By David Kushner
Photographs by Jonno Rattman
“Want a bump?”
It’s not that surprising when Andrew “weev” Auernheimer offers me coke shortly after we first meet. As one of the Net’s most notorious trolls, the scruffily elfin 28-year-old is known for his provocations. He’s the former president of the Gay Nigger Association of America (GNAA), a group of online pranksters who lived up to their offensive name. In YouTube “sermons,” as he calls them, weev guzzles from a large bottle of mescaline tea and waves his gun as he rants against Jews. “We’ve got a whole fucking Internet to cover with dongs and swastikas,” he writes, “and we’ve got a whole world to fill with monuments to martyrs that the government dares call ‘terrorists.’ Let the ruin begin.”
Weev’s been called an “attention whore,” a “paranoid, anti-Semitic, pro-genocide misanthrope,” and likened to a hobbit battling “the snide, wizardly manipulators and mongrel half-orcs” from The Lord of the Rings (and that last one’s from him). But what is surprising is that he’s offering me a bump while we’re in the Brooklyn office of his lawyer, who has just left us sitting alone. Dressed in a green hoodie over a red T-shirt, with a shaggy red beard, scraggly long hair, and tortoise-shell glasses, weev huffs a line as classical music flows from his laptop. He exhales pleasurably, cleaning up just before a legal assistant comes in. “We’re working on your passport,” she tells him.
“Awesome!” he replies. “I got a jet waiting!”
She eyes him, dubiously. “Yeah,” she says, “we’re not going to tell them that.” Them, in this case, is the Feds. And they’ve got history. Though weev says he trolls “for the lulz,” his chief targets are governments and corporations that threaten personal freedom. “I’ve never targeted an individual,” he says. Four years ago, he and 26-year-old hacker Daniel Spitler discovered a flaw in AT&T’s website, which exposed over 114,000 email addresses of iPad users. The most shocking thing about it: There was no real hacking required. AT&T had screwed up by making each user’s email address publicly available online; all one had to do was to type the right URL on the AT&T site. Spitler and weev used a script that plugged in random numbers to spit out the associated email addresses—but, essentially, anyone could guess a right answer. To draw attention to the egregious fuckup, weev sent the email list to several media outlets, including Gawker, which published a redacted version of the list on its site. Though geeks lauded Spitler and weev for publicly shaming AT&T into fixing the hole, the Feds didn’t appreciate the hack, and charged the pair with identity theft and conspiracy to violate the Computer Fraud and Abuse Act (CFAA).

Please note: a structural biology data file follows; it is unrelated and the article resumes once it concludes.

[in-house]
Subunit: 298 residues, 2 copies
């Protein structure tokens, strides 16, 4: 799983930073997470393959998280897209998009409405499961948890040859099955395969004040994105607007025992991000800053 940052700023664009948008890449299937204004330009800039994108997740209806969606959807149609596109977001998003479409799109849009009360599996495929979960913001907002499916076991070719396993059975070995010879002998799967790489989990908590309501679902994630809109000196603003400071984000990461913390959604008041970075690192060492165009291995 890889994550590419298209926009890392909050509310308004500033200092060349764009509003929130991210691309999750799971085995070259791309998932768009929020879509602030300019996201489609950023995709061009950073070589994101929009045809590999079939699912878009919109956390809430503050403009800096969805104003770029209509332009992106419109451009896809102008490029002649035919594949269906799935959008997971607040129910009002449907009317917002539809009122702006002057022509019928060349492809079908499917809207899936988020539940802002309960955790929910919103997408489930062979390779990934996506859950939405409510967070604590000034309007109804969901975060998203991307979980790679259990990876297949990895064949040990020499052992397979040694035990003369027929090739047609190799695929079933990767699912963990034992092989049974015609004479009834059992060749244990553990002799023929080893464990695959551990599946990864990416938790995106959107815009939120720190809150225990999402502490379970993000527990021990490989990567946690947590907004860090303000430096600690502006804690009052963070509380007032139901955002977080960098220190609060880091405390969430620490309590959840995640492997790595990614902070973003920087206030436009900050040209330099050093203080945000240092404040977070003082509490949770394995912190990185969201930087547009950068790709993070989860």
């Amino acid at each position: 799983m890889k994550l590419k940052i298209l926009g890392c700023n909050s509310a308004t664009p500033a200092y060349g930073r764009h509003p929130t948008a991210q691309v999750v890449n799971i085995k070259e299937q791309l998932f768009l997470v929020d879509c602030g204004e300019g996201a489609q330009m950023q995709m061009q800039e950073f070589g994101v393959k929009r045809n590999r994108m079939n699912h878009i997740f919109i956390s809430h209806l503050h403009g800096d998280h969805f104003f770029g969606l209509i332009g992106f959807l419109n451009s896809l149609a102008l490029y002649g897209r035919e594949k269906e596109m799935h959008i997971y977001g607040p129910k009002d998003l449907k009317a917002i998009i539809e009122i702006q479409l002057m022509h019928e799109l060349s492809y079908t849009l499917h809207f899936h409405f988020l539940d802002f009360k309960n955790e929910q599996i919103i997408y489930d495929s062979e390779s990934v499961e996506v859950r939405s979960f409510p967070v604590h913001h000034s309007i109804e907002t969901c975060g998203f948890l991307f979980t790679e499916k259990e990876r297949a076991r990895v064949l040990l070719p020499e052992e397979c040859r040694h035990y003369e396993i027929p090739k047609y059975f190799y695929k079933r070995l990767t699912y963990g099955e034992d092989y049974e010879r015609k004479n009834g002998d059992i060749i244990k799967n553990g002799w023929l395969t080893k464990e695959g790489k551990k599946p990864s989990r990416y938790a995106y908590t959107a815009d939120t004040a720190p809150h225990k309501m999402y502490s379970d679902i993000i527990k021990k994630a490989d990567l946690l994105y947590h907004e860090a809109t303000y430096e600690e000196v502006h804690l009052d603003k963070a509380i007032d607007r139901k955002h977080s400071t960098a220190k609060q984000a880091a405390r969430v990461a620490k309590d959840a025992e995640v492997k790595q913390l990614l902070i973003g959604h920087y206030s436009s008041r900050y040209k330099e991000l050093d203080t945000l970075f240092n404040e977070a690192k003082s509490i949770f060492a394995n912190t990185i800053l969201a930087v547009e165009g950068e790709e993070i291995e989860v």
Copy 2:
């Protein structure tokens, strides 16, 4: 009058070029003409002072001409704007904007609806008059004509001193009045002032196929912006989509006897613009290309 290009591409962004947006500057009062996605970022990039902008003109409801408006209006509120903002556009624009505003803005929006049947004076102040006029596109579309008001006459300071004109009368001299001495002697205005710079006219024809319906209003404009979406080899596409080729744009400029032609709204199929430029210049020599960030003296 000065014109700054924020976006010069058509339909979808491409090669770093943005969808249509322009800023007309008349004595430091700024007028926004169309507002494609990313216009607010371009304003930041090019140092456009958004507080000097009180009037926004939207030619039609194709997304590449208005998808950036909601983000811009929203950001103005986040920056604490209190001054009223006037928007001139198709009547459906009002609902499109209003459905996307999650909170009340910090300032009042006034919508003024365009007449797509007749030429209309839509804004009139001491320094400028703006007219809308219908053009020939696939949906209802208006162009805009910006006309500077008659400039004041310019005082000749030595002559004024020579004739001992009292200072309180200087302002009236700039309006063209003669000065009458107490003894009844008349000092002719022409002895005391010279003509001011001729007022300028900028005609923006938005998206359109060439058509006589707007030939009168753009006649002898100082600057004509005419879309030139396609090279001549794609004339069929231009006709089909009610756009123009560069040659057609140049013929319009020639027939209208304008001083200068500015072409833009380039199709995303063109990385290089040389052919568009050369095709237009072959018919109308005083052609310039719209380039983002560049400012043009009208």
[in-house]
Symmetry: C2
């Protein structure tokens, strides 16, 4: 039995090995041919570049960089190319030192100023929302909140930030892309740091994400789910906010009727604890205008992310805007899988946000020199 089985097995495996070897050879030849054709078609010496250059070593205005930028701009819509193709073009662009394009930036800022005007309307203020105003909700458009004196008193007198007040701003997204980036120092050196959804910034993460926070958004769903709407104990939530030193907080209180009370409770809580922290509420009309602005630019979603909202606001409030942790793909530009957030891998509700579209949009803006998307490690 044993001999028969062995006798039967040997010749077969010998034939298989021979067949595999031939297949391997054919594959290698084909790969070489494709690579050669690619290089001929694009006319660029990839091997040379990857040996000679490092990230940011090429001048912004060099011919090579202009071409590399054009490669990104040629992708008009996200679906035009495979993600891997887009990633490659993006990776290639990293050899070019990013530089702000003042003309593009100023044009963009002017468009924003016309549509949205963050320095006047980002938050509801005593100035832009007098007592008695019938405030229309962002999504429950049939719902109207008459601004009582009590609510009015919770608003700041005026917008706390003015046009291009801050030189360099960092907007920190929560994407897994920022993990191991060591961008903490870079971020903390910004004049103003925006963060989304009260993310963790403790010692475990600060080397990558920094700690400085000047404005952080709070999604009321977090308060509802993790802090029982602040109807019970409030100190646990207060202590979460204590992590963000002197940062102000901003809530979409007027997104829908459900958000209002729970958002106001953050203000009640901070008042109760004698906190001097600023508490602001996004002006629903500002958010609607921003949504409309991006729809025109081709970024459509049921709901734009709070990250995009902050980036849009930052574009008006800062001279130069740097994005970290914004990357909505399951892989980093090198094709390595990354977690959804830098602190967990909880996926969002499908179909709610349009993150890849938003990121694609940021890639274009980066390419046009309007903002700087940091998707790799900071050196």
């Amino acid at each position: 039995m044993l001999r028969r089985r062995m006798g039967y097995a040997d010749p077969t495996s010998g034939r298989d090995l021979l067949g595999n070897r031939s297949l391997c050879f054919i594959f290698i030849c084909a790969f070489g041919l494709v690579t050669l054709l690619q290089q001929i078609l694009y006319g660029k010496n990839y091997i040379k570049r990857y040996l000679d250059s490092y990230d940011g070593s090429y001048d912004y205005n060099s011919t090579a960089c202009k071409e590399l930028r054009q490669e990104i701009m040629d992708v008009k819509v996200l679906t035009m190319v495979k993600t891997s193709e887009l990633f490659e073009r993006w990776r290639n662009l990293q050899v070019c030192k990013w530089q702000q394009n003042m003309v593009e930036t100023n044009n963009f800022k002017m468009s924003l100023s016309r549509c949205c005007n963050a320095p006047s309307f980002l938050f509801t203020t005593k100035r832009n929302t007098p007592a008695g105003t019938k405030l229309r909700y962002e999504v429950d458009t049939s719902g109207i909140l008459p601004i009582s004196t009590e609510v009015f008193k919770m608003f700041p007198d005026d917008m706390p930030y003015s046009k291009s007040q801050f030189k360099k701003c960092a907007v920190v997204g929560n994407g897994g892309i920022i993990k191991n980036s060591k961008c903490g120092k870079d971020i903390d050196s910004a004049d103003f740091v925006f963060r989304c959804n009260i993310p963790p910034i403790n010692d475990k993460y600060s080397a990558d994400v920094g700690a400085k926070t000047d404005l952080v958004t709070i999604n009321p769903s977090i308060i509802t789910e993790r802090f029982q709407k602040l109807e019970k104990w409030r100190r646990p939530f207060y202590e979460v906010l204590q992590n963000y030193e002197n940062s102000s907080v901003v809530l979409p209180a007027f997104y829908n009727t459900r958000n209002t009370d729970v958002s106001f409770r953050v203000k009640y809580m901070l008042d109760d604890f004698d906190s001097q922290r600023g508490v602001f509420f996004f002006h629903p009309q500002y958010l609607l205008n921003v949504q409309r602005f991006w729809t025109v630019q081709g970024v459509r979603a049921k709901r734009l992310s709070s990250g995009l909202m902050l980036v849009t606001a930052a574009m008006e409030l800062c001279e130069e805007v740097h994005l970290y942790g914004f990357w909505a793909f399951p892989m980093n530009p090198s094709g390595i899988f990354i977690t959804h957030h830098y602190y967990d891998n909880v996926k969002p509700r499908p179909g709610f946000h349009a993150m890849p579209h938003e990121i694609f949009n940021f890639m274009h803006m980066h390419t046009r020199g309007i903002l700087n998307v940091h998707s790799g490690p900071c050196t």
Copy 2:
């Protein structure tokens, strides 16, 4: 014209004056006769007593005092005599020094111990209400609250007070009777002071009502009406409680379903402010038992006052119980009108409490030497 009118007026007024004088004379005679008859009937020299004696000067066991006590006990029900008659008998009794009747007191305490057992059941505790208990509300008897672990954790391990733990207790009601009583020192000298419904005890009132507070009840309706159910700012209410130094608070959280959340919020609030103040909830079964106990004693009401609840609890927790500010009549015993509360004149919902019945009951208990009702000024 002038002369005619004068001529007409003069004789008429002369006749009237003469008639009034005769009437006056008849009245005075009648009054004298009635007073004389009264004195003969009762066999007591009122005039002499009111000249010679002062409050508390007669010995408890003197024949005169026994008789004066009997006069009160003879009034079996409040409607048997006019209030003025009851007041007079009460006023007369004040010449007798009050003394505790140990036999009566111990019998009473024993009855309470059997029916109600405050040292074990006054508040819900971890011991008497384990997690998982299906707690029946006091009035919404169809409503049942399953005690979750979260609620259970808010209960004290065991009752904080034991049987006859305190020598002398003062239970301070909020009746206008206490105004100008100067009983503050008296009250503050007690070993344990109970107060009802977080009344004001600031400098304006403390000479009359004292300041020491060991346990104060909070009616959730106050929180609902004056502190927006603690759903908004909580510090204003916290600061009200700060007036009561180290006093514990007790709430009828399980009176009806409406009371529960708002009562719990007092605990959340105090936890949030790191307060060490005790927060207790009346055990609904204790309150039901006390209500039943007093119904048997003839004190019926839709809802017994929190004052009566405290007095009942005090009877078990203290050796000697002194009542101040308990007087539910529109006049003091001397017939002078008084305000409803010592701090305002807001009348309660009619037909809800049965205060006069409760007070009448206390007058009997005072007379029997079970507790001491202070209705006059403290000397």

Written during the Reagan administration, the CFAA was originally meant to protect government and financial institutions from unlawful and unauthorized access to their computers. But the law has become outdated and vague. The CFAA fails to specify what “unauthorized access” means, so anyone who violates a website’s terms of service in even the most mundane ways—say, creating a fake profile on a dating site—could be considered a criminal. The law came to wide attention after hacktivist Aaron Swartz, who was facing decades in prison for downloading troves of academic journal articles, committed suicide.
Faced with the CFAA charges, Spitler copped a plea, but weev insisted upon going to trial in his own weevy way — reciting John Keats’ The Fall of Hyperion: A Dream to reporters and fans, and live-tweeting from the proceedings. “I’m going to prison for doing arithmetic!” he shouted. As the case gained attention, a strange thing happened: weev, previously a shadowy fringe player online, became a cause célèbre. “These issues go beyond his specific case,” wrote Hanni Fakhoury, staff attorney for the Electronic Frontier Foundation, a nonprofit digital rights advocacy group that came to his defense. The EFF cautioned that going after weev set a precedent that “only discourages security researchers from sharing their discoveries.” Orin Kerr, professor of law at George Washington University and a noted expert on computer law, agreed, saying, “What Auernheimer and Spitler did was lawful authorized access.” Supporters from Mozilla to Anonymous made weev a poster child for the misuse of the CFAA. There were “Free weev” T-shirts, websites, dance remixes of his screeds, quotes with thousands of retweets.
But while weev saw himself as a martyr, not everyone was a fan. “You consider yourself a hero of sorts,” federal judge Susan Wigenton admonished weev last March, as a crowd of weev’s fiery (h)acolytes watched. “Without question, the evidence that came out at trial reflected criminal conduct,” she went on. “You’ve shown no contrition whatsoever.” Weev was found guilty of one count of identity fraud and one count of conspiracy to access a computer without authorization, and sentenced to 41 months in prison. He was also ordered to pay $73,167 in restitution to AT&T.
And yet when I meet him in April, weev has reason to celebrate. Two weeks earlier, he was suddenly released from prison after a federal appeals court overturned his conviction. It’s a victory, he says, for his cause: pushing the bounds of free speech in the digital age. And as soon as he was out, weev was back at it, relishing the fact that he couldn’t be ignored and challenging even his supporters to come along for the ride. “I don’t want the support of people who don’t believe in universal liberty,” he tells me. “I don’t want to win because my facade is marketable to a public that hates liberty. Fuck them.”